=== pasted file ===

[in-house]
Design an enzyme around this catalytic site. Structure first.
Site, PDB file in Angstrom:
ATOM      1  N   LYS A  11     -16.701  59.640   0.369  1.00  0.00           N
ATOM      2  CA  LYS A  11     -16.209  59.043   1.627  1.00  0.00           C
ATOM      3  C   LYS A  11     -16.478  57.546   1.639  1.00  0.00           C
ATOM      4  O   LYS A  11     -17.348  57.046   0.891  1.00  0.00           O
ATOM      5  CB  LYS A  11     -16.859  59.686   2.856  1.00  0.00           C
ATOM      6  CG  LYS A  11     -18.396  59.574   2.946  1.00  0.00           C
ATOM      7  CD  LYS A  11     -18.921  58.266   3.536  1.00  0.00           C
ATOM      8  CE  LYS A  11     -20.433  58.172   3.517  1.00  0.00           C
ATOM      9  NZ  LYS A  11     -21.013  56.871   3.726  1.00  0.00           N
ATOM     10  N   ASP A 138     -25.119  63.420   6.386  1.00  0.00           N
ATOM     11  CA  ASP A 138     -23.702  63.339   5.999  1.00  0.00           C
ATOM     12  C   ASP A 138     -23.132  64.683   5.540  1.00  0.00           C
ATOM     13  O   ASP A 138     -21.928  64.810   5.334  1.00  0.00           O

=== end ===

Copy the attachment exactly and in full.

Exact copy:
[in-house]
Design an enzyme around this catalytic site. Structure first.
Site, PDB file in Angstrom:
ATOM      1  N   LYS A  11     -16.701  59.640   0.369  1.00  0.00           N
ATOM      2  CA  LYS A  11     -16.209  59.043   1.627  1.00  0.00           C
ATOM      3  C   LYS A  11     -16.478  57.546   1.639  1.00  0.00           C
ATOM      4  O   LYS A  11     -17.348  57.046   0.891  1.00  0.00           O
ATOM      5  CB  LYS A  11     -16.859  59.686   2.856  1.00  0.00           C
ATOM      6  CG  LYS A  11     -18.396  59.574   2.946  1.00  0.00           C
ATOM      7  CD  LYS A  11     -18.921  58.266   3.536  1.00  0.00           C
ATOM      8  CE  LYS A  11     -20.433  58.172   3.517  1.00  0.00           C
ATOM      9  NZ  LYS A  11     -21.013  56.871   3.726  1.00  0.00           N
ATOM     10  N   ASP A 138     -25.119  63.420   6.386  1.00  0.00           N
ATOM     11  CA  ASP A 138     -23.702  63.339   5.999  1.00  0.00           C
ATOM     12  C   ASP A 138     -23.132  64.683   5.540  1.00  0.00           C
ATOM     13  O   ASP A 138     -21.928  64.810   5.334  1.00  0.00           O